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The chronicles of Novosibirsk

Sea food - and eat it! Fish rain in Vladivostok

By Olga Krepysheva
31 August 2012

They say every cloud has a silver lining, and it looks like the same is true with typhoons.

Fish drops keep falling on my head.... Pictures here and below: leti-na-svet.livejournal.com

Typhoon Bolaven led to significant disruption in the Far East of Russia this week - closing bridges, downing power cables, halting ferries, briefly causing delays on the Trans-Siberian Railway, and damaging some property.  

But then - as these extraordinary pictures showed - it washed up a feast of delicious sea food on beaches in Lazurnaya Bay. 

On the morning of 31 August the popular Shamora beach close to Vladivostok was literally teeming with thousands upon thousands of molluscs and crabs, most of them very tasty ones. 

Fish rain in Vladivostok


Fish rain in Vladivostok


Fish rain in Vladivostok

Picking up the 'manna from heaven': locals in Vladivostok busy collecting shells, fish and crabs brough in by Bolaven Typhoon 

'Now we know what 'manna from heaven' means,' wrote a local girl Svetlana in her blog. 

'And this is at Shamora where for the last 30 years there was nothing else edible but shashlyk ( barbecue ) .'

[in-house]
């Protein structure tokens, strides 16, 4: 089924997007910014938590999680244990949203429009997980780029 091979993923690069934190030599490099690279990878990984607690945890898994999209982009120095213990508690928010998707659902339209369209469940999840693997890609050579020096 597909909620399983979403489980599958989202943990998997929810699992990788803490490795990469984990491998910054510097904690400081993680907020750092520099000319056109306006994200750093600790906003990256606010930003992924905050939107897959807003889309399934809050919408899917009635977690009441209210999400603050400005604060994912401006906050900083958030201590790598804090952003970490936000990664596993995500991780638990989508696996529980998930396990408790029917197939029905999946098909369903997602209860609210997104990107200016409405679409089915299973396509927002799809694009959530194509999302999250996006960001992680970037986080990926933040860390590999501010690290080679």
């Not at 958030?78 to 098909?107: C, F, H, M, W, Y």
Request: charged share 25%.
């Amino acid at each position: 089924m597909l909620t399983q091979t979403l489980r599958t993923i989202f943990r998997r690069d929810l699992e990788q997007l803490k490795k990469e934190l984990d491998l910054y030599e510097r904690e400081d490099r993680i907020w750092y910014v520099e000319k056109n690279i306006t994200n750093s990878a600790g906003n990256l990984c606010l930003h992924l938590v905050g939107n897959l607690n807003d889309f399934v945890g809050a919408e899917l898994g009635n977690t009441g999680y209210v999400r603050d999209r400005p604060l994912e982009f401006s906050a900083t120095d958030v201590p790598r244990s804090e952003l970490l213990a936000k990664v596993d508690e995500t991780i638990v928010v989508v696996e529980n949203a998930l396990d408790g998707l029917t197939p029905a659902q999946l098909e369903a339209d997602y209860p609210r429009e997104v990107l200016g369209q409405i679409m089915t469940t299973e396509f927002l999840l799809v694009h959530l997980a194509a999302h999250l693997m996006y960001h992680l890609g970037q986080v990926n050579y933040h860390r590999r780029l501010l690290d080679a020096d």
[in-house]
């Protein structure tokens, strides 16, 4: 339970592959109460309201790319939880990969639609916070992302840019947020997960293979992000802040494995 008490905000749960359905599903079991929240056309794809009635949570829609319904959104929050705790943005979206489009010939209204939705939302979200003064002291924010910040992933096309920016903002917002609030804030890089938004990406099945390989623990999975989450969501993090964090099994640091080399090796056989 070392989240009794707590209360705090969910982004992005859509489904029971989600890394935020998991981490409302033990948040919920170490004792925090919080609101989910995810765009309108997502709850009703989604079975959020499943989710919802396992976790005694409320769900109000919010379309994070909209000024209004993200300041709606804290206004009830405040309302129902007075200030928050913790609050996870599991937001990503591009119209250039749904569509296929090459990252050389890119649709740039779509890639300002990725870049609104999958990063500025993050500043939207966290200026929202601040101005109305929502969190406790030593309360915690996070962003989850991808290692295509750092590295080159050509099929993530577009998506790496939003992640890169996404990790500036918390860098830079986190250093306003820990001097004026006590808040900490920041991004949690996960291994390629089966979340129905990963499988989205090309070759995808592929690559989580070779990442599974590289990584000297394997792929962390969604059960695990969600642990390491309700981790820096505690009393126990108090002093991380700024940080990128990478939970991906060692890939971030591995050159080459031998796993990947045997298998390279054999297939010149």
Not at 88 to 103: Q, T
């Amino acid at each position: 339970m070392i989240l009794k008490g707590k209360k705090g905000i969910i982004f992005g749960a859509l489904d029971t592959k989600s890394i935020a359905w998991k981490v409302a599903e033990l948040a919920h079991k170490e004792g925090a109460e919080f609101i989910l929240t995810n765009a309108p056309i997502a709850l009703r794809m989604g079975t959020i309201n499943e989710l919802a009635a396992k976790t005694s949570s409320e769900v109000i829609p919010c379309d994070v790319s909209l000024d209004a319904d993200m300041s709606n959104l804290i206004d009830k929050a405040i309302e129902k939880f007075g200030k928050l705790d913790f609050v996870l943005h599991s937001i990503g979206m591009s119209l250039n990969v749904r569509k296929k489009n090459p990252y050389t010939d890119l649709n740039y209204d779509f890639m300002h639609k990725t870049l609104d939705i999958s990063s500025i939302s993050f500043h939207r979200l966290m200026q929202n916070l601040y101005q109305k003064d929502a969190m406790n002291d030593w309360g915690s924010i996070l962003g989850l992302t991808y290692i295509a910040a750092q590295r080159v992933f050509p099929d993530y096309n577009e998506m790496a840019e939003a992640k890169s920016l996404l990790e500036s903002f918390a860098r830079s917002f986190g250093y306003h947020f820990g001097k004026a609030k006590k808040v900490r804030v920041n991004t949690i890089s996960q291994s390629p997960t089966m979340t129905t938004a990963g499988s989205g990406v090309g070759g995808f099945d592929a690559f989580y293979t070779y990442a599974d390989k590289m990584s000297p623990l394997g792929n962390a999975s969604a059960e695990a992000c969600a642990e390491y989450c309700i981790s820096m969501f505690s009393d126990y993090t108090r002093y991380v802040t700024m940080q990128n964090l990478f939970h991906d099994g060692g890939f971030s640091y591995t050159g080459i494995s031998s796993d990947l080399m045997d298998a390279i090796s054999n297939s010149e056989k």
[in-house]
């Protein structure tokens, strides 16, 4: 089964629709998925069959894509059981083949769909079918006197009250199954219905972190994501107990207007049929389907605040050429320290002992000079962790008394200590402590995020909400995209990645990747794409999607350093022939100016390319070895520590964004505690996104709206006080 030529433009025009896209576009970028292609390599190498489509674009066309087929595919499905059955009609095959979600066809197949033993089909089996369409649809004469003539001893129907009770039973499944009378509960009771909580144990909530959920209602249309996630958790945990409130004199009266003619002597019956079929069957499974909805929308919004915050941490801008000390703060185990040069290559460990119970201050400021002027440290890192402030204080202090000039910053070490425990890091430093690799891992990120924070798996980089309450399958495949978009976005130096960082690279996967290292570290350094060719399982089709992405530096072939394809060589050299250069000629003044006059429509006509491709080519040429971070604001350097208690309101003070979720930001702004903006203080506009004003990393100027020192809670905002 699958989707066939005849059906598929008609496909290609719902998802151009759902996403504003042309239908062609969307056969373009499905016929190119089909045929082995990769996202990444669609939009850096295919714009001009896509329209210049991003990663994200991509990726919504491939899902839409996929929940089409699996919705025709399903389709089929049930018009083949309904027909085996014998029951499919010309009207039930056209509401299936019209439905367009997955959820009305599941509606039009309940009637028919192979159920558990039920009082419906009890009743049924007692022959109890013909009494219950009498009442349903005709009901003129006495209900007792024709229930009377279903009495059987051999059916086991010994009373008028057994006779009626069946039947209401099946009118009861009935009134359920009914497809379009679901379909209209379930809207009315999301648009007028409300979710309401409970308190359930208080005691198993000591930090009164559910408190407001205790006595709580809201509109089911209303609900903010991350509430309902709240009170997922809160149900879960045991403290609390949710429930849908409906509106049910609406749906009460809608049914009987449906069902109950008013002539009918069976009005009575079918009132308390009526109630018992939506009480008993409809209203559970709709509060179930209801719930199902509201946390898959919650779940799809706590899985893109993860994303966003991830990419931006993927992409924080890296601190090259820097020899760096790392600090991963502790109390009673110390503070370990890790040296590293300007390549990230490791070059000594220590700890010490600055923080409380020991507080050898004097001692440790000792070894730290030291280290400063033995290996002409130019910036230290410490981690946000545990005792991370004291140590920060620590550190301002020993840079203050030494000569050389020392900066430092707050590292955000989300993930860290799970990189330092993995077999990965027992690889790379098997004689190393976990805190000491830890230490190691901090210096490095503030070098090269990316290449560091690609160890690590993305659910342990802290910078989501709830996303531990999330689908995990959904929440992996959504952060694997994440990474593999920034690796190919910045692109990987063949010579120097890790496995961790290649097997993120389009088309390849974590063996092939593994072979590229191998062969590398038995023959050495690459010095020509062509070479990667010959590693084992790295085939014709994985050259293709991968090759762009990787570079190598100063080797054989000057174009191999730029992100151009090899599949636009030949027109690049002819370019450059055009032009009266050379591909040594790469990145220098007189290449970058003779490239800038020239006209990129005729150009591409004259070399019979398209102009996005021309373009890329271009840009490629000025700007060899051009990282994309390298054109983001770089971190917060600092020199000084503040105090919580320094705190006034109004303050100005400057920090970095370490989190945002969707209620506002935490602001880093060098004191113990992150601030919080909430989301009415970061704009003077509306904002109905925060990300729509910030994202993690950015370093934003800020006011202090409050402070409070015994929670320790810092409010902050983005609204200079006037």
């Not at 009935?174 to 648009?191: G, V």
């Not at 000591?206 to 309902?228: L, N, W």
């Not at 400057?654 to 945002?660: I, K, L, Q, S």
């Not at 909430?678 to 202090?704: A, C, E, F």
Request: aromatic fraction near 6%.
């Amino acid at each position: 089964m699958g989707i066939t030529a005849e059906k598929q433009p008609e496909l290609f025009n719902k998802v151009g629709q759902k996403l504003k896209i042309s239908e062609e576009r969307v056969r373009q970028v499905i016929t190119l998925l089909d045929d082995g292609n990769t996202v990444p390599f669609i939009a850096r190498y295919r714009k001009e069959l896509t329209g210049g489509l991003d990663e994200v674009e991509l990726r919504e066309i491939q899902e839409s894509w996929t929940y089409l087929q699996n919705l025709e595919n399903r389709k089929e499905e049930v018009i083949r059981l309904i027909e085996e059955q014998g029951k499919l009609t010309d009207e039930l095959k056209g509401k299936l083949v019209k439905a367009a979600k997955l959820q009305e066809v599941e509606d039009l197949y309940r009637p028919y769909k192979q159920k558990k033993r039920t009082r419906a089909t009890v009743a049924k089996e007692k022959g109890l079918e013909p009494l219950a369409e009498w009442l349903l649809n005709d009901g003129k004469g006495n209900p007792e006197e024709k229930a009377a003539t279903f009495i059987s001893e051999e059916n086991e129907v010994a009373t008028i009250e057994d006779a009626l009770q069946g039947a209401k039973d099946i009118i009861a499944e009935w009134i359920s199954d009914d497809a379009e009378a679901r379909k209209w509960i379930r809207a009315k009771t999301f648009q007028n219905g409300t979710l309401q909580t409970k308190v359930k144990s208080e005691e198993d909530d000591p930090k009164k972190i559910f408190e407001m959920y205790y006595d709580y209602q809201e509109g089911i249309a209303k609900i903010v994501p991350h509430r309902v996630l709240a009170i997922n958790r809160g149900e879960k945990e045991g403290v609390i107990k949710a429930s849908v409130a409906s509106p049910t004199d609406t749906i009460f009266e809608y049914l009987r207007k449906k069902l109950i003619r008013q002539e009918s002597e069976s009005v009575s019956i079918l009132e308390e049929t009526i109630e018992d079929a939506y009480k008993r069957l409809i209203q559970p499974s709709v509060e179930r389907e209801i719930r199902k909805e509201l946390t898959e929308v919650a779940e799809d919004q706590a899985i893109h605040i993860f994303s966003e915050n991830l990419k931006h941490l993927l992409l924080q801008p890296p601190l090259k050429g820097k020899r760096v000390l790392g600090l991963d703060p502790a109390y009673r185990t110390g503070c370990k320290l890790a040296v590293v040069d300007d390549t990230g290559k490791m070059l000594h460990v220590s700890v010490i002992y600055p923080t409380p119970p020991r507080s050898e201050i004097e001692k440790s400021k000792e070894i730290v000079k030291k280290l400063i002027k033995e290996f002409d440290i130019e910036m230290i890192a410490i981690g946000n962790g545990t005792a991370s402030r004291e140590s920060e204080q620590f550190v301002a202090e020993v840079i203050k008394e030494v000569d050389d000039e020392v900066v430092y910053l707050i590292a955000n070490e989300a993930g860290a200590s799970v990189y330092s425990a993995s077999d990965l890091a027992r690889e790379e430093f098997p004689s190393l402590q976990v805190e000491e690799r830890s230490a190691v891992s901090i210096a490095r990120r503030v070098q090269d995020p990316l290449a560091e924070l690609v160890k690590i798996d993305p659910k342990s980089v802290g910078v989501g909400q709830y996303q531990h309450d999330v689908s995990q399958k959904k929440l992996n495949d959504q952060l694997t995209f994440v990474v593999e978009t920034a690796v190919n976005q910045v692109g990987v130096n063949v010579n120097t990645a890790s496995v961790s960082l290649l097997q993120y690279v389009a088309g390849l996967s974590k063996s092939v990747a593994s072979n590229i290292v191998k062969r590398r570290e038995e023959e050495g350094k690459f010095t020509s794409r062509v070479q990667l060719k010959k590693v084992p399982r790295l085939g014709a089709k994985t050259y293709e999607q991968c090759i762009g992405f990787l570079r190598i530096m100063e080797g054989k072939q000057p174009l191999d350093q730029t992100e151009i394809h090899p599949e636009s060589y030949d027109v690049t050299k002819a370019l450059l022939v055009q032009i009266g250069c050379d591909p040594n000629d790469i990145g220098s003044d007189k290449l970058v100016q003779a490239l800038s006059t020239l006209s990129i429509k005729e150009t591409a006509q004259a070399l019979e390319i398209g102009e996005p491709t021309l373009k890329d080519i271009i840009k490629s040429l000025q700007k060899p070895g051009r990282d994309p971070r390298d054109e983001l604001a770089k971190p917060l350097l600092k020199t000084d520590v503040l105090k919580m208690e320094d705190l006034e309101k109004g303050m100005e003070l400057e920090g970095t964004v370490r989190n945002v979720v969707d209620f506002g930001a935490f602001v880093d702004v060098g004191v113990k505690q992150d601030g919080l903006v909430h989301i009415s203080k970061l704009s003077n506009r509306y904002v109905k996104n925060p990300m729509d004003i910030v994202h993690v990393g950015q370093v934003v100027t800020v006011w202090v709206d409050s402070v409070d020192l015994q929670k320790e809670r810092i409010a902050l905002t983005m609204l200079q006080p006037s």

Dozens of beach-side cafes now had something else to cook. Swarms of locals hurried to the beach to collect tasty seafood for the weekend. 

Almost all the shellfish were alive but it was useless to carry them back to the sea - the storm-powered waves threw them back on the beach again almost immediately. People had nothing else to do but to collect them to cook for a free lunch - or take nice pictures with beautiful big crabs. 

Some locals brought their rubber boats and entertained their children making pools with live molluscs.

fish rain in Vladivostok


fish rain in Vladivostok


'I live here for more than 20 years, but I've never seen anything like this', local girl Svetlana said in her blog

As Russians had fun with the fish, neighbouring North Korea was counting the cost of Typhoon Bolaven.

It submerged houses and roads, ruining thousands of acres of crops and triggering landslides that buried train tracks, and was quickly followed by a second major storm, Typhoon Tembin.

Reclusive North Korea was already recovering from earlier floods that killed more than 170 people and destroyed thousands of homes.

That in turn followed a springtime drought that was the worst in a century in some areas.

Earlier Bolaven left 20 people dead or missing in South Korea and three are believed to have died in North Korea. 

Some 3,300 were left homeless in the North, said reports. There were fears for the spread of disease in the Communist state.

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